Technical support knowledge for Application Integration Middleware including WebSphere, CICS, BPM, MQ, Broker, IIB, ODM, DataPower, Mobile, Appliances, and more! Following the IBM Social Computing Guidelines - Steve Webb, William Wentworth, Joseph Lam
A wealth of valuable JVM diagnostic data can be gathered by doing the following tasks:
Generate a Java™ thread dump.
Enable logging of verbose garbage collection data for Server.
Generate a Java heap dump.
Generate a system core dump & snap trc file.
In the overall process of problem determination, diagnostic data must be collected or generated, and the data must be analyzed. Various tools are available to help you analyze diagnostic data for solving problems. Below... [More]
Starting with IBM WebSphere Application Server (WAS) v220.127.116.11, you can install Java 7.0 as an optional feature. WAS v18.104.22.168 comes with Java 6 as the default Java SDK. Java 7.0 can be added at any point in time to the installation, thereby adding the Java 7.0 SDK selection to the possible choices of Java SDKs that can be used. For completeness:
Java 7.0 was shipped as an optional feature that can be installed with WAS v22.214.171.124
Java 7.1 is shipped with WAS v126.96.36.199 (in a full... [More]
Where do I start with sizing the heap for my WebSphere Application Server? This question is very common when trying to determine where to begin sizing your heap for your application when using WebSphere Application Server. The default heap sizes are for use during installation and are often way too small for use in production environments. The first place to begin is to know if the server has 32-bit or 64-bit architecture and whether your installation of WebSphere Application Server is a 32-bit or 64-bit environment. Next determine... [More]
I'll preface this post with two facts: 1. I'm an IBMer and I am not impartial to WebSphere and IBM Java tm , and 2. my primary job function involves solving (sometimes extraordinary) customer problems. That aside, what I wanted to discuss in this post is a comparison between the serviceability capabilities of the IBM JDK and what we'll call: "the other guys". "The other guys" will suffice for a description of any non-IBM Java SDK for the purposes of this post. This post will not be an all inclusive resource for the... [More]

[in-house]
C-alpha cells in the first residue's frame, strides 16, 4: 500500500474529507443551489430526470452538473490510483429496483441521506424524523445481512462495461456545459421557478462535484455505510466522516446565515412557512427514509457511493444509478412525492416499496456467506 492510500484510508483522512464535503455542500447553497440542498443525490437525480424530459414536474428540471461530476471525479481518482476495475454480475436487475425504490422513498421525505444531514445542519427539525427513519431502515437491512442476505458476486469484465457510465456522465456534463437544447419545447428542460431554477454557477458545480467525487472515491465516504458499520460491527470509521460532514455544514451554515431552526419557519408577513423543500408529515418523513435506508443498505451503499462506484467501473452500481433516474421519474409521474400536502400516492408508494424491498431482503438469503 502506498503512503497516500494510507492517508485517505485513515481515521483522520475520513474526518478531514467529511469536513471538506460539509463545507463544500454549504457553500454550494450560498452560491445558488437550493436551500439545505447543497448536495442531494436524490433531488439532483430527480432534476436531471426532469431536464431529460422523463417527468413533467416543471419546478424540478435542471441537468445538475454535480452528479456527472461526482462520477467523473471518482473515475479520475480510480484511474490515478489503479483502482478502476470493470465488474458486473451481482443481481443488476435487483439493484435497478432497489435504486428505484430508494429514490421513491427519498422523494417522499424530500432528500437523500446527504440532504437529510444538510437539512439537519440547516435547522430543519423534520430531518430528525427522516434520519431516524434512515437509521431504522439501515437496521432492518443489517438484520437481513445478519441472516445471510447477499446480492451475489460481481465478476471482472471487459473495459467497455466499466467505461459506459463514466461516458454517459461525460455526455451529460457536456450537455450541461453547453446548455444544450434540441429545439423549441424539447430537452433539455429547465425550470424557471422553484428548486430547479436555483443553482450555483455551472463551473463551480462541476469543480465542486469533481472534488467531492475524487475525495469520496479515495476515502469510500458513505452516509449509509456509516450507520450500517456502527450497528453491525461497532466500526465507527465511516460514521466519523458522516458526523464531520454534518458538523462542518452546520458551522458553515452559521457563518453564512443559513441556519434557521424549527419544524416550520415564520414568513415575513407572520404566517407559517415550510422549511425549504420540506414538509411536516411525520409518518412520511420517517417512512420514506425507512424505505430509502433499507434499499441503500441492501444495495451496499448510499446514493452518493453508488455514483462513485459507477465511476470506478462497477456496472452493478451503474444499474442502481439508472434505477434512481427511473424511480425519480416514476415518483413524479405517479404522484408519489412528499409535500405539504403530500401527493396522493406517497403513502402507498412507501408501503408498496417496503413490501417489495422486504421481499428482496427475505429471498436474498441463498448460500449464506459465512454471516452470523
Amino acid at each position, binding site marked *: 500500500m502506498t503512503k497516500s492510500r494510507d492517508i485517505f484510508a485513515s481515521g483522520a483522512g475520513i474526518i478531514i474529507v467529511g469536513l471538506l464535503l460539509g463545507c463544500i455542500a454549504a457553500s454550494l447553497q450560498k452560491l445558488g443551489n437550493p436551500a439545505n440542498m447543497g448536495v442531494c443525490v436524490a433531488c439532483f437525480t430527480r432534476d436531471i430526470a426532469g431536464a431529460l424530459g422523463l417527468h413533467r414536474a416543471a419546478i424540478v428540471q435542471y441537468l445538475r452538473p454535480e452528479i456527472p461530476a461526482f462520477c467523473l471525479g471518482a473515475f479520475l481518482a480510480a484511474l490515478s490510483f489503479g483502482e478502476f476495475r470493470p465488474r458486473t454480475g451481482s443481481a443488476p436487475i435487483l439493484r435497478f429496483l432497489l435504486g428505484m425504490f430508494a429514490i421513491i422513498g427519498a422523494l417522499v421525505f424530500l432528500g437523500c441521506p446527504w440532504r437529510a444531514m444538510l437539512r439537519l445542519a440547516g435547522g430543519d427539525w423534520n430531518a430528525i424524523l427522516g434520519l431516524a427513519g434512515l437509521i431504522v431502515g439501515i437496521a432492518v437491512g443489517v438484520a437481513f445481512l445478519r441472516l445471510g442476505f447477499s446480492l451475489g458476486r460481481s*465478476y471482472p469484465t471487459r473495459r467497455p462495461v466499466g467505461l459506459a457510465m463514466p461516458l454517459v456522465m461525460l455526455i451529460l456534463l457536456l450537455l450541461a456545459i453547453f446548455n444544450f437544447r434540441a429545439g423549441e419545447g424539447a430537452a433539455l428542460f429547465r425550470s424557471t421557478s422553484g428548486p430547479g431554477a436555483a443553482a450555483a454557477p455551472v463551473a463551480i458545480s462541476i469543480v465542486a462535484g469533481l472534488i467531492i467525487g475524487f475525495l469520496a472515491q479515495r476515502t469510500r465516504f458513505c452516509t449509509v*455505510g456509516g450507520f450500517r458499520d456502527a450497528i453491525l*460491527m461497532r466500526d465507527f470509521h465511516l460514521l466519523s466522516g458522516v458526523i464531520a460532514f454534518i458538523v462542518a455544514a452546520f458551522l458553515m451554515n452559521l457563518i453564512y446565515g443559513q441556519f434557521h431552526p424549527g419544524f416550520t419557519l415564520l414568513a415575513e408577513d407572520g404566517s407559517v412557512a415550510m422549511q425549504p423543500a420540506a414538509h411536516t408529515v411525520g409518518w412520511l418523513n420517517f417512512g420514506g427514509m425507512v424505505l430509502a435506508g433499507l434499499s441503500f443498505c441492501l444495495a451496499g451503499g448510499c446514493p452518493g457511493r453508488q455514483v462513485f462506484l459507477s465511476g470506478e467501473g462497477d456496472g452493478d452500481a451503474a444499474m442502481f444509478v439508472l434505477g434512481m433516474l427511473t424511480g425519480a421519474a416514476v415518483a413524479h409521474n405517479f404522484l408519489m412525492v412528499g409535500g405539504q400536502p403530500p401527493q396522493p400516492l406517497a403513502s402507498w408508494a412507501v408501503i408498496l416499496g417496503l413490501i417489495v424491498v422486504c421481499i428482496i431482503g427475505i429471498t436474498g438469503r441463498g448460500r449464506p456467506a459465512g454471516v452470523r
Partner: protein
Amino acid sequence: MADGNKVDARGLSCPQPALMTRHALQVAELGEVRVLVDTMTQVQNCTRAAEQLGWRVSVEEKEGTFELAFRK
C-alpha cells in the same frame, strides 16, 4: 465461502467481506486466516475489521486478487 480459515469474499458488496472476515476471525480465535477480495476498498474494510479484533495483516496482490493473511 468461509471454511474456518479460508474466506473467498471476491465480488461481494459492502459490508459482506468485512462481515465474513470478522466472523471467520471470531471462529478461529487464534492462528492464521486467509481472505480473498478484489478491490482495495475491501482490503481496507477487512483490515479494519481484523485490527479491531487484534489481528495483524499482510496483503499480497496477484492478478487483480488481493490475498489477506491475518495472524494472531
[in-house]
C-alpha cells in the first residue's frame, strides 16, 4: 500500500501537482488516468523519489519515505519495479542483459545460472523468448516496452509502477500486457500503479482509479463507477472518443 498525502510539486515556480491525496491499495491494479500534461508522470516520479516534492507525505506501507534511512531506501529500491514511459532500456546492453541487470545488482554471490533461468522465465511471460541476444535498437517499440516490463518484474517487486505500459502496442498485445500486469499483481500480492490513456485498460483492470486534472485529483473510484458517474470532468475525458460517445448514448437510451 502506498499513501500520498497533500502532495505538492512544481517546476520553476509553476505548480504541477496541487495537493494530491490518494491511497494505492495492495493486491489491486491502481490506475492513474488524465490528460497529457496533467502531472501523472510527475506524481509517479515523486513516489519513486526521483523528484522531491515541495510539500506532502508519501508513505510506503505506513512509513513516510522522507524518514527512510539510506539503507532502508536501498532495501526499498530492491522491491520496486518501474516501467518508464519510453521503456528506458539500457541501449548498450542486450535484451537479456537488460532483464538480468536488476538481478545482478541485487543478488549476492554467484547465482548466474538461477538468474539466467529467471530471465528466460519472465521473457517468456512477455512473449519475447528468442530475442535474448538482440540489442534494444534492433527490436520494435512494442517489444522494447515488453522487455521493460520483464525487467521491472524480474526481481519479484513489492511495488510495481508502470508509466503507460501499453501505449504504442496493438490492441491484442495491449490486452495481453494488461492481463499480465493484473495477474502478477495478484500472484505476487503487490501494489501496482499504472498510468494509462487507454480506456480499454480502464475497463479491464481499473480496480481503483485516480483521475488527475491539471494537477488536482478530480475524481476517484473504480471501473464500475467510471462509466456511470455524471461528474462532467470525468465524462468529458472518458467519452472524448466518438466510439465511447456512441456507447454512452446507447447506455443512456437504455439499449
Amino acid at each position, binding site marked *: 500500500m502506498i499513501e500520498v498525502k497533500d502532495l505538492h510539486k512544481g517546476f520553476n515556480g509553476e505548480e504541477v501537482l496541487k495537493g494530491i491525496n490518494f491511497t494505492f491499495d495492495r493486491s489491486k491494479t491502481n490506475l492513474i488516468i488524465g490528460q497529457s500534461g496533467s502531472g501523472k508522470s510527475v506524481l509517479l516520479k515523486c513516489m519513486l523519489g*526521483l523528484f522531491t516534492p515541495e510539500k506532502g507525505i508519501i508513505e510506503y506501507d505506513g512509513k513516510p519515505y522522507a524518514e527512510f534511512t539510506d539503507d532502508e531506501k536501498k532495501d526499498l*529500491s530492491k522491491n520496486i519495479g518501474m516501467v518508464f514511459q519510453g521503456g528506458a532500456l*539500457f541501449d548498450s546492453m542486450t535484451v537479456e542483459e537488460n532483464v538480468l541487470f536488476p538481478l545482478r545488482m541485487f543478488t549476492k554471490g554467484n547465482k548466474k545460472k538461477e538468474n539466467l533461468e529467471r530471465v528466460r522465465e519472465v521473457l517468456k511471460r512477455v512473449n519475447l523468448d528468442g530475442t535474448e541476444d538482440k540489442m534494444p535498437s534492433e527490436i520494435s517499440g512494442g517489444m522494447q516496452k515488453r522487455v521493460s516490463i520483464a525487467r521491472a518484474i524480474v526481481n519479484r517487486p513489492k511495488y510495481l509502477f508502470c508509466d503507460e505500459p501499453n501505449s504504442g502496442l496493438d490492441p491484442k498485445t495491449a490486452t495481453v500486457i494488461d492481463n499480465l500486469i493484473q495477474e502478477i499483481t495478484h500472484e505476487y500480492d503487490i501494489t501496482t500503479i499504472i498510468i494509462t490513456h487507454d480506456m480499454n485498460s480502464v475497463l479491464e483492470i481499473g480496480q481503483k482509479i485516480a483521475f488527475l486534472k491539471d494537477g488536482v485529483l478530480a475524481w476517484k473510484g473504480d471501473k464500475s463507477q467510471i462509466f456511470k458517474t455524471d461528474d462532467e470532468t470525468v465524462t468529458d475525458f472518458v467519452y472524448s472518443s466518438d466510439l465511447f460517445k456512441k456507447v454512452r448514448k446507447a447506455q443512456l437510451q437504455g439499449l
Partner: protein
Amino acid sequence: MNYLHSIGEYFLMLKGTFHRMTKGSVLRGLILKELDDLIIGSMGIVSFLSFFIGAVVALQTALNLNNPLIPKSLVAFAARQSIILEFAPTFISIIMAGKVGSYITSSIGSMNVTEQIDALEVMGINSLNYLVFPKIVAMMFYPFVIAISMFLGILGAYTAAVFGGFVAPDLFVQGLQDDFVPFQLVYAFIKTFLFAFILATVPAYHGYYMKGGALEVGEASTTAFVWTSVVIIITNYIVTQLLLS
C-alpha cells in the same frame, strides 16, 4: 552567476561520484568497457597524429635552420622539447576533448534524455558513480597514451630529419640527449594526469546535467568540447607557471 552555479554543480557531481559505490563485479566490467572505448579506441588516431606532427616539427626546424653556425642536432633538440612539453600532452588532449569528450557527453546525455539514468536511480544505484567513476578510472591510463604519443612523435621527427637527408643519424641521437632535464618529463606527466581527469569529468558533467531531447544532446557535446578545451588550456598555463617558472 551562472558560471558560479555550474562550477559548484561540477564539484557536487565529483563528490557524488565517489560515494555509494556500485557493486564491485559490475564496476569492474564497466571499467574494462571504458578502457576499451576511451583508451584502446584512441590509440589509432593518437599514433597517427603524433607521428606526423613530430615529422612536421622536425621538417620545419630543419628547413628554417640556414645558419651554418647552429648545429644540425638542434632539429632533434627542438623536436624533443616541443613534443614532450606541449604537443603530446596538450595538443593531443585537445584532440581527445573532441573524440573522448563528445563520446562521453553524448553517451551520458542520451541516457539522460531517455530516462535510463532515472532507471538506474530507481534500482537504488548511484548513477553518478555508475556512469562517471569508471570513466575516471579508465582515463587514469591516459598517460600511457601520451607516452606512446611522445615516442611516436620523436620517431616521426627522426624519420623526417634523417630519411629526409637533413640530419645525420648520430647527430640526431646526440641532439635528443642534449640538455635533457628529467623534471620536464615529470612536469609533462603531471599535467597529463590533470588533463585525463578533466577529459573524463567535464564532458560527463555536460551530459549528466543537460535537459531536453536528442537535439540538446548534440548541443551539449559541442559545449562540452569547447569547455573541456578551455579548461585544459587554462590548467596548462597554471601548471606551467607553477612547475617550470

I talked with a WebSphere Application Server support analyst the other day and they mentioned they had seen some "easy problems" coming in to Level 2 support recently. I thought it would be good to blog about these easy ones so you can solve on your own without consuming your time contacting support and sending documentation. Looking at documentation, such as a javacore, can sound like a daunting task if you do not know what to look for. But a javacore is just a readable text file with snapshot information of a running JVM. It... [More]
If there is still free memory in the system when a native out-of-memory error occurs, then the problem is likely to be a shortage of memory in the low-memory region (under 4GB). Although the Java heap can be located above this boundary, other data, which are associated with Java objects, are located in the lower memory segments. Specifically these are the memory segments associated with threads, classes and monitors.
See the following related content:
It has been a while since I wrote about what is hot in the WebSphere MQ (WMQ) support world and there have been quite a few new and helpful documents or articles that have been written or updated since the last time I wrote about what was hot. In case you did not read the previous blogs that I wrote on this topic here are links to the first 2 blog articles because the items in those articles are still relevant today. Many of those items are timeless. They cover topics that someone, somewhere in the world is going to be dealing with... [More]